As stated there have been case wherein the Courts have acknowledged that the work of a makeup artist can be copyrighted. That being said the main reason for there not being a proper case point is the fact that makeup unlike other forms of work is transient. In the sense that unlike say a painting painted on canvas, makeup can be easily washed off. This raises the question of the fixation requirement in copyright law.

What is fixation? In very simple terms fixation refers to creating the work or transferring the work into some tangible or material form. This is the reason why say a fireworks or something that’s absolutely and can’t be transferred into material form is not considered to be protected by Copyrights. Fixation is the factor that allows the work to be commercialized, it is the thing that protects the interest of the creator. However a question that arises with respect to fixation and is of immense significance with respect to the present discussion is whether a work that is semi-permanent can be considered to be fixed in a material form? If the answer to the above question is yes, then to what extent is transience permitted?

The Berne Convention for the protection of Literary and Artistic Works, 1887 whose primary function is to protect the original works and legal rights of the authors/creators does not specify that only a permanent work can be copyrightable. Instead as per Article 2(2) of the Convention “ It shall, however, be a matter for legislation in the countries of the Union to prescribe that works in general or any specified categories of works shall not be protected unless they have been fixed in some material form.” It thus doesn’t address the distinction between permanent and semi-permanent work. An overview of the fixation requirement in different countries shows that common law countries like the US, the UK, Canada have a definite fixation requirement, the same is not the case with civil law countries. 

As per the US Copyright law works may gain protection only if they are “fixed in any tangible medium of expression, now known or later developed, from which they can be perceived, reproduced”, the fixation requirement dictates that the work must be in a permanent or stable form. In contrast as per the Canadian Copyright requirement as held was in the case of Canadian Admiral Corp v Rediffusion, Inc, for a “copyright to subsist in a work it must be expressed in some material form, capable of identification and having a more or less permanent endurance. Here we see that instead of using the term permanent, the fixation requirement has been interpreted to be more than something that is transitory.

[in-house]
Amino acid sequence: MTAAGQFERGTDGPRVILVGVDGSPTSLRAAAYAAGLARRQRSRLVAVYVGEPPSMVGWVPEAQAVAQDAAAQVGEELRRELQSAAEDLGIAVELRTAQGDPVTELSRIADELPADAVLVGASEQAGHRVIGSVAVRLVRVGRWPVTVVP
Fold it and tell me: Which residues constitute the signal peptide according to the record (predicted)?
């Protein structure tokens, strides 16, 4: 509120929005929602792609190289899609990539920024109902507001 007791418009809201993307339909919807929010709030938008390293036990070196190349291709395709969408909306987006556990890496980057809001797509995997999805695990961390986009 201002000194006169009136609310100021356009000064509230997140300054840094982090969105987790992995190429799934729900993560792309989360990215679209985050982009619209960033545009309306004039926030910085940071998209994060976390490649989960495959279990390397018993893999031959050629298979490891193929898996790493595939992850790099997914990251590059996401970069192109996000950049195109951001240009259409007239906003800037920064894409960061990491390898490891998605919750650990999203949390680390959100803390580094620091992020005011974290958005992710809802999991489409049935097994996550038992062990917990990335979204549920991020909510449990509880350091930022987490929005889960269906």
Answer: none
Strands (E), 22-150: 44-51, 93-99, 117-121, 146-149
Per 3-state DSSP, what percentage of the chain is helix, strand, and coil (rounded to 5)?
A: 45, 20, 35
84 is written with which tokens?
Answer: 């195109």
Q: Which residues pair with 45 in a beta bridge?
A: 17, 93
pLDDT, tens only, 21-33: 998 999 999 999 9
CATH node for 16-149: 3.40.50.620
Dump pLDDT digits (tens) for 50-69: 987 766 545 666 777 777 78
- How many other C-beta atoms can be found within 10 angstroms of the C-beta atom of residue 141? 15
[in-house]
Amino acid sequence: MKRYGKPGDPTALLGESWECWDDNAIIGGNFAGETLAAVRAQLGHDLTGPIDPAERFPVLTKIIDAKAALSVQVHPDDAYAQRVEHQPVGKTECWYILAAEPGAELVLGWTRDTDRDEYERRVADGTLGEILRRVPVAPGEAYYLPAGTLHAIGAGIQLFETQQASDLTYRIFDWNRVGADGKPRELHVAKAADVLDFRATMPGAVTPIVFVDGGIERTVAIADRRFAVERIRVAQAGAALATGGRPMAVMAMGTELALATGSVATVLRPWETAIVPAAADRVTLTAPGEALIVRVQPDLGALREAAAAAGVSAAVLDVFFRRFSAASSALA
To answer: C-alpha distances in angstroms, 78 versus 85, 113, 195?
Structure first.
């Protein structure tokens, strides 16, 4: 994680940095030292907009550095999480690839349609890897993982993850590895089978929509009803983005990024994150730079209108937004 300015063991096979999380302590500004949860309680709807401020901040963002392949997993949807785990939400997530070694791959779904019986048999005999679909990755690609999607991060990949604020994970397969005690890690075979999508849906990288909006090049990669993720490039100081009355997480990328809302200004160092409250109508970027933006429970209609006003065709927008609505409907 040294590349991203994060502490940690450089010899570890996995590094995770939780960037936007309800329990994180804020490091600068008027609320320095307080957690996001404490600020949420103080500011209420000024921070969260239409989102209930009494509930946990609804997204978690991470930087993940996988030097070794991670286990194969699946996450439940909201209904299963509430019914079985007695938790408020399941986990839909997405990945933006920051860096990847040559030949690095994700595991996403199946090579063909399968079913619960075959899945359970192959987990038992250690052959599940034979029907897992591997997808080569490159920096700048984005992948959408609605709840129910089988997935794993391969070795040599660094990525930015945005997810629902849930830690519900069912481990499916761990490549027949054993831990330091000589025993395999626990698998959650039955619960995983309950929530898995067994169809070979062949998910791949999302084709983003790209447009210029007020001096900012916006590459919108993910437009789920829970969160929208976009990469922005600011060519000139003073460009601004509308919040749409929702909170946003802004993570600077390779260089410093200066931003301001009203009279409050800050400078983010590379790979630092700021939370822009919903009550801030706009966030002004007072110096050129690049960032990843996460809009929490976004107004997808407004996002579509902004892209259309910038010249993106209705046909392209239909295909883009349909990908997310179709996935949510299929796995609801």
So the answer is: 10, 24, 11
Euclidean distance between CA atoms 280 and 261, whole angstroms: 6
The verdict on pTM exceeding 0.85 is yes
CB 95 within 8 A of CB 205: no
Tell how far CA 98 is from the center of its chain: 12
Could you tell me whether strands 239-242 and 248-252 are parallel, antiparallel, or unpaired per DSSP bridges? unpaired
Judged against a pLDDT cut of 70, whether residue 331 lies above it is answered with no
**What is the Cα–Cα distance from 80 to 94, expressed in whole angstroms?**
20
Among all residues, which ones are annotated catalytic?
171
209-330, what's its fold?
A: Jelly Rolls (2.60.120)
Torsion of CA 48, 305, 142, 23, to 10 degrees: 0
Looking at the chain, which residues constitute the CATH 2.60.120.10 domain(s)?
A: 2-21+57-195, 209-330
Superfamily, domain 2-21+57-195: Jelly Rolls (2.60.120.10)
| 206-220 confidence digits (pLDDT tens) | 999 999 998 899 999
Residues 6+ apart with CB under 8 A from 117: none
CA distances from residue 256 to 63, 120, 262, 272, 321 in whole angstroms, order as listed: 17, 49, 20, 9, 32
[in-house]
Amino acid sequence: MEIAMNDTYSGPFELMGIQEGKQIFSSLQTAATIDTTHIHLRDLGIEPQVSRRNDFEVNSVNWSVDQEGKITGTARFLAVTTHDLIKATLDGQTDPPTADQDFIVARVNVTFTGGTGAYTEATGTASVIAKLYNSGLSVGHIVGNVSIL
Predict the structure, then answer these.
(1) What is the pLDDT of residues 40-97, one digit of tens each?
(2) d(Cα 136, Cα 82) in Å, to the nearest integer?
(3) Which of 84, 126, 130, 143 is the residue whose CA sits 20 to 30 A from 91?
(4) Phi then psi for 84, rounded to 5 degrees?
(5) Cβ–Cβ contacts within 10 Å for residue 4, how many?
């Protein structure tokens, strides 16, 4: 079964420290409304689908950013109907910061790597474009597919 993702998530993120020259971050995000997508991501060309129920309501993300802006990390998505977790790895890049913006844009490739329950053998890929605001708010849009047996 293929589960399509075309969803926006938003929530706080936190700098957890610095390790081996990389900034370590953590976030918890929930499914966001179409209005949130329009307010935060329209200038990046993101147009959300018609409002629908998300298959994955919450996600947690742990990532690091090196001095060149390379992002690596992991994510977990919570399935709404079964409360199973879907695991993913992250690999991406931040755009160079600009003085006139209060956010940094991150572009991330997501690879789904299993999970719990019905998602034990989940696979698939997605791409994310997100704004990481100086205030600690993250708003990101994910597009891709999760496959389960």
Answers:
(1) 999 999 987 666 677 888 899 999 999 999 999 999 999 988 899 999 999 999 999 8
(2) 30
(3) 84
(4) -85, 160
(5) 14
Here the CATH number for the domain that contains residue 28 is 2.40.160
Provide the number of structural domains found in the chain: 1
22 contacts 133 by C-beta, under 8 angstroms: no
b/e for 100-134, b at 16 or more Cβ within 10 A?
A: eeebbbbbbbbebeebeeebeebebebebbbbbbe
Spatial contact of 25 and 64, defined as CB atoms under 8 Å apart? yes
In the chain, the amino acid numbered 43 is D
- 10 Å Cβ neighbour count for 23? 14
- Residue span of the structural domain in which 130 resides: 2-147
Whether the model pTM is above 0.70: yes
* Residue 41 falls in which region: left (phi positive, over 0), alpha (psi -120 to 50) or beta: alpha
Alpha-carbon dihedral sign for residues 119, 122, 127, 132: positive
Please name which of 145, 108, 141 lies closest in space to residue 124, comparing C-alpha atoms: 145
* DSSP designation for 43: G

The UK law similar to the US states that a work cannot be protected “unless and until it is recorded, in writing or otherwise”.

If one were to look at this from the Indian context, the Copyright Act, 1957 does not mention the term tangible but does use the term material form. However it doesn’t clarify if the material form could be semi-permanent as in the case of makeup. 

We see that none of these provisions (except the Canadian Copyright Law to some extent) give much scope for a work of semi-permanent nature to be protected. 

In her paper titled “The Berne Convention’s Flexible Fixation Requirement: A Problematic Provision for User-Generated Content” Elizebeth White while talking about the fixation requirement in the United States and its impact on User Generated Content such as photographs, tweets, Facebook statuses. She addresses the question of whether content online can be deemed to be fixed considering that the same can be deleted easily and whether it can be considered to be tangible in the literal sense. 

While it is true that a lot of deleted content also gets stored for some time, an important question or inference that can be derived from this paper to the present discussion is that once a fixation has been made (on any surface or platform) is the work protected by copyright regardless of whether the work was destroyed or not. At present there are not many judicial pronouncements on the same. 


While it is true that the Indian courts have not had the chance of addressing the question of whether makeup looks are protected by Copyright. An inference that can be drawn from the case in the United States is that only those looks that are absolutely different or of certain artistic value can be protected. The reason for this is that apart from make up not being fixed, it is also something that is very commonly used. There are trends and looks that people all around the world copy and it is not practical to copyright each and everyone of those looks. That being said it is also important to note that certain makeup looks set themselves apart from the generic day to day looks and are what one would call the epitome of creativity. It is such works that probably could be protected. 

A major issue with this is however the fact that once one washes their face the creation also gets washed off. This leads to the question of whether copyright should only be attributed to those creations that exist till time immemorial. Along with this a question is also raised in the digital age as to whether a picture of a makeup look would be copyrighted, would the subject of the picture which also happens to be an original creation also be protected. All of this remains yet to be answered.